I have included at the end of this post a video, courtesy of hmhbooks, of Alan Richardson and Karen Tack demonstrating how to make one of their many creations.

Until next time cake virgins!


The Best Tool in Cake Decorating

Hey cake virgins!

Okay, so I know we haven't done any talking about the techniques involved in cake decorating. However, I could not help but tell you all about the greatest invention in cake decorating history.

I don't know how many of you have heard of Cricut personal cutting machines, usually used for scrapbooking. If you haven't, the personal cutting machines are a magic genie for those who love to scrapbook. The machine can cut anything you want it to, with the appropriate attachments. You can make vinyl letters for your walls, cut paper to make your own cards, cut through plastic to make your own stamps, etc.

For my niece's first birthday, my sister made this using the Cricut personal cutting machine:

Fantastic, clean and looks professional.

Well Cricut has outdone themselves this time. They have created a Cricut Cake, which is now available in stores across the United States. It follows the same idea of the scrapbooking machines, except this time, you can cut cake products, such as gum paste and fondant, which we will cover in a later blog. You can cut out monograms, figures, letters, whatever you want!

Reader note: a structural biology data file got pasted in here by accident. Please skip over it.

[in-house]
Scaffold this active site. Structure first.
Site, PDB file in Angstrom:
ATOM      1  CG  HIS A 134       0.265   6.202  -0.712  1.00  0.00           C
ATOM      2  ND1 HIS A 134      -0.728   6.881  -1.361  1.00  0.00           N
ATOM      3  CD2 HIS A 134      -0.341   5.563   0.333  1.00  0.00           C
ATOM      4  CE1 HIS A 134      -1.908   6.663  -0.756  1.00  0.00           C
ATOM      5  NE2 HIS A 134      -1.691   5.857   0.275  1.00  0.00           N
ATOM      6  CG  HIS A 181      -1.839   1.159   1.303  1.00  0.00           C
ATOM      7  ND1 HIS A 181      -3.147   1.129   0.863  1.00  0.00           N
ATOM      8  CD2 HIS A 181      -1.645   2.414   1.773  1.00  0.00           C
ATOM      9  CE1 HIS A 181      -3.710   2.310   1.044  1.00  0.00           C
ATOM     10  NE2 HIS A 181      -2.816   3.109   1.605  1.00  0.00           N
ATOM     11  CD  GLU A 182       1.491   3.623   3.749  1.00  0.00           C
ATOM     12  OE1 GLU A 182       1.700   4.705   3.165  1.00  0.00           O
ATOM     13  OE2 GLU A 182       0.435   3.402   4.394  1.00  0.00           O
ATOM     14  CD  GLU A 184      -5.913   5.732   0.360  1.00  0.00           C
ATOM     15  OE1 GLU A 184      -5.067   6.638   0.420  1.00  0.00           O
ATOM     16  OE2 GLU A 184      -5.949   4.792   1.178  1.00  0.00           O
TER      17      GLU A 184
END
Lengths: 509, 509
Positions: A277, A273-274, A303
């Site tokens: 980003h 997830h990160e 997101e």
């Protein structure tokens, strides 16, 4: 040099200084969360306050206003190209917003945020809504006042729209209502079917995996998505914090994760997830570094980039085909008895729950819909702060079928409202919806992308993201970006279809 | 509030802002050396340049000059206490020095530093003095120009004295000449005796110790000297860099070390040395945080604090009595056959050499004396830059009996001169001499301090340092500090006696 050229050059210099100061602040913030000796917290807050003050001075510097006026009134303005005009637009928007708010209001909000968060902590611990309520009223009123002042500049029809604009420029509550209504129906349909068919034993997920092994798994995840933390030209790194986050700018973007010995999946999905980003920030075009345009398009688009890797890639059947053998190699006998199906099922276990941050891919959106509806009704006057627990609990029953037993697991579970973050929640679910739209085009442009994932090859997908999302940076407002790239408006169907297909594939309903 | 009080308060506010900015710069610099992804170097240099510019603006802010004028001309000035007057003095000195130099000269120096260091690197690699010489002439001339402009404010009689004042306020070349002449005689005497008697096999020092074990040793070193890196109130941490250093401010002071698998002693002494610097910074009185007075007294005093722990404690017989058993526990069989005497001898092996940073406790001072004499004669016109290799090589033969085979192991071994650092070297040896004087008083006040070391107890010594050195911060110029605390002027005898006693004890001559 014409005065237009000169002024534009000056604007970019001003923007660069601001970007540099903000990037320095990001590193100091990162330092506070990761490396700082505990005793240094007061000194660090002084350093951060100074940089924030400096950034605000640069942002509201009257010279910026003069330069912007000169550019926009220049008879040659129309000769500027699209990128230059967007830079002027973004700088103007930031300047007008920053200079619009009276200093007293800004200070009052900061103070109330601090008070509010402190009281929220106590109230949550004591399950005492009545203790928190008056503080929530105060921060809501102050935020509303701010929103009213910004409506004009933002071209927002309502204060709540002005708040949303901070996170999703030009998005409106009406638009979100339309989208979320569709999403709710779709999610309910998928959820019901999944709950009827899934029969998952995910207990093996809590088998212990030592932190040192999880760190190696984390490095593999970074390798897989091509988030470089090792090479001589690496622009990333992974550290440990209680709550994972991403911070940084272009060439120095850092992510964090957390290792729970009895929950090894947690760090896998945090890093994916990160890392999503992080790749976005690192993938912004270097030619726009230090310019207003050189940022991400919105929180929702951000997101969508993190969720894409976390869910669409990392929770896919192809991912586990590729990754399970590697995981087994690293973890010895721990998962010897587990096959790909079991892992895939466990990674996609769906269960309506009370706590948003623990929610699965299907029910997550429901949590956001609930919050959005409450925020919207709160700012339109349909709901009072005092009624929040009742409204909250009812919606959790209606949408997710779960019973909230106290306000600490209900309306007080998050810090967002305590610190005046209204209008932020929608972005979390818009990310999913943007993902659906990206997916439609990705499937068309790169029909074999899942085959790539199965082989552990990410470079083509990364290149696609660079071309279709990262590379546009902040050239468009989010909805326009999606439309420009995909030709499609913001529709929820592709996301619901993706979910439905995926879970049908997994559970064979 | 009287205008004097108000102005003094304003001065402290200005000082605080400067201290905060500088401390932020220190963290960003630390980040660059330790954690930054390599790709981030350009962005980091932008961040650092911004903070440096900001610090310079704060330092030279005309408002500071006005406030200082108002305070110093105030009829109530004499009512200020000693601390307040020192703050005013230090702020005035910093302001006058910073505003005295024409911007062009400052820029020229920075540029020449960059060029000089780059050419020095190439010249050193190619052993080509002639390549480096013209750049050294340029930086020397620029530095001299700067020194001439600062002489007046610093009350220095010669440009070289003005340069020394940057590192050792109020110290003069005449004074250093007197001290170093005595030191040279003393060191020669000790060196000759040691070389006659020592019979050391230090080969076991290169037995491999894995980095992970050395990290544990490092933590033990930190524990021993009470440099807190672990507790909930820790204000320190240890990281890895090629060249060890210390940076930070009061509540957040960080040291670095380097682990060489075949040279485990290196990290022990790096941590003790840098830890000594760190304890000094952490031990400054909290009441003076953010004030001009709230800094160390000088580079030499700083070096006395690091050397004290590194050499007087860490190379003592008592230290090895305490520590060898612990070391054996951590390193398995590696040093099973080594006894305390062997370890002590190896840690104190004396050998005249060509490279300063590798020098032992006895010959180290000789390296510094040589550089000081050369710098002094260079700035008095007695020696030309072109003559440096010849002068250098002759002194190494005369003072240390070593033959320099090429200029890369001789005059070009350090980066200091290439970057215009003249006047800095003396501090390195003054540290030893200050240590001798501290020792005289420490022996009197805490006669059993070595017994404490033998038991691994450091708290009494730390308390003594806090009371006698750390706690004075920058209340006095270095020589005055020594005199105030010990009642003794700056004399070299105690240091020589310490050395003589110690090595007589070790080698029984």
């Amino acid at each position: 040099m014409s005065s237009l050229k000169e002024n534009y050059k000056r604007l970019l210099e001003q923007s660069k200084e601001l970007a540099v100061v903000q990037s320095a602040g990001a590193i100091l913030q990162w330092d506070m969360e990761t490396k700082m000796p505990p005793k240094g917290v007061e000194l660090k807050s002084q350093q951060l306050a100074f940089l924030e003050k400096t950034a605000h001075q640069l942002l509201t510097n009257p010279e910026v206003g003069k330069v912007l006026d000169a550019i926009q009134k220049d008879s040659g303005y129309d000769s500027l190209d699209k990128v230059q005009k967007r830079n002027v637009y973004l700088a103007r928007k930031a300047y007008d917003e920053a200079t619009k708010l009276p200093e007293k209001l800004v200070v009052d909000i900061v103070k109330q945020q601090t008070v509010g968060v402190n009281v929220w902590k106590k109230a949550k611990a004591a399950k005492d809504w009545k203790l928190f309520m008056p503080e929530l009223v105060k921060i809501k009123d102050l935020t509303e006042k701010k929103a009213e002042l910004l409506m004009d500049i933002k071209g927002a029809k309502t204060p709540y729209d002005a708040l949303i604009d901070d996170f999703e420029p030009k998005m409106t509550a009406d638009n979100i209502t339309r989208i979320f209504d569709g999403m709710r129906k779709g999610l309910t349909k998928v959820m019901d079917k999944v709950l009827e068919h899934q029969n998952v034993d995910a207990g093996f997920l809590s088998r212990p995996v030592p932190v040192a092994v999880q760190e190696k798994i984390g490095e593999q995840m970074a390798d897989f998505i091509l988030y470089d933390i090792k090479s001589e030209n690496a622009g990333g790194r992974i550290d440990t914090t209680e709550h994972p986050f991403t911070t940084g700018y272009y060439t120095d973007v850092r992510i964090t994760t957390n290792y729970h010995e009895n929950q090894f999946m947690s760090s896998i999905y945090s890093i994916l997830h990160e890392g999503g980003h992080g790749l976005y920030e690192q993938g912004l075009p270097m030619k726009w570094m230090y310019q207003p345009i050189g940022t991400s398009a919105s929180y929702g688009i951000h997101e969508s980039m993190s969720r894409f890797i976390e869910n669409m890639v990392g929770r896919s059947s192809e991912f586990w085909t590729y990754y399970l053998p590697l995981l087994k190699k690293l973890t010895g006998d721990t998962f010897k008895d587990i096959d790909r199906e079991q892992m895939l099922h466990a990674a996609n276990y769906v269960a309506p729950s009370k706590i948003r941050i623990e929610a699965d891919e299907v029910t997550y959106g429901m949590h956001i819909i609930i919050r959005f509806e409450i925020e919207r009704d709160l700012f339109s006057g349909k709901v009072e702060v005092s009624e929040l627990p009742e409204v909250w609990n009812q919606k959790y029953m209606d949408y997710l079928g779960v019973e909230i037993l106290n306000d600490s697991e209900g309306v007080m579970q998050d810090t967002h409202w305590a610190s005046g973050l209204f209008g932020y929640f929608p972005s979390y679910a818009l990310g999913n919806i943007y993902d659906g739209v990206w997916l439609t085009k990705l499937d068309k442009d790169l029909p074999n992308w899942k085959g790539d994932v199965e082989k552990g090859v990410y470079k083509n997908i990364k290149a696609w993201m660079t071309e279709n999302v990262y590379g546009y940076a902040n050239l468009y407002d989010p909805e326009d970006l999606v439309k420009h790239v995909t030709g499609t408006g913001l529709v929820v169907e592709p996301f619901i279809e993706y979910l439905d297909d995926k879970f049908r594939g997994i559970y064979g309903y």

This machine, which is available at Joann Fabrics, Michaels, Hobby Lobby and AC Moore, will make cake decorating a breeze for beginners and experts alike. You won't have to purchase numerous tools to cut out different shapes, you can simply have this machine and its accessories.

It has all food safe materials, so you don't have to worry about things becoming unsanitary. Don't worry cake virgins, this machine won't give you (or those friends you are trying to impress) any e-coli or other harmful germs.

The price is not yet listed online, but the national debut is today, so it is available in your local craft stores! If you don't have a Joann Fabrics or a Michaels near you, you can order the machine off of HSN for $429.99. The HSN package includes the following:  Cricut Cake machine, cake basics full content cartridge, elegant cakes full content cartridge, 12" x 12" cutting mat, blade assembly, keypad protector, cartridge plug, cartridge skirt, blade cleaning basket, cleaning brush, yellow frosting sheet, red frosting sheet, blue frosting sheet, 3 white frosting sheets, 3 brown frosting sheets, quick start guide, user manual, tips/tricks insert, instructional DVD, cleaning guide, manufacturer's 1-year limited warranty on electronic parts and manufacturer's 90-day limited warranty on labor and non-electronic components.                                                                www.hsn.com

Here is a video that gives a demo of what the Cricut Cake can do, courtesy of Custom Crops:

For additional videos, check out the Cricut Cake website and click on the "See the Cricut Cake in action!" tab on the side!

Until next time cake virgins!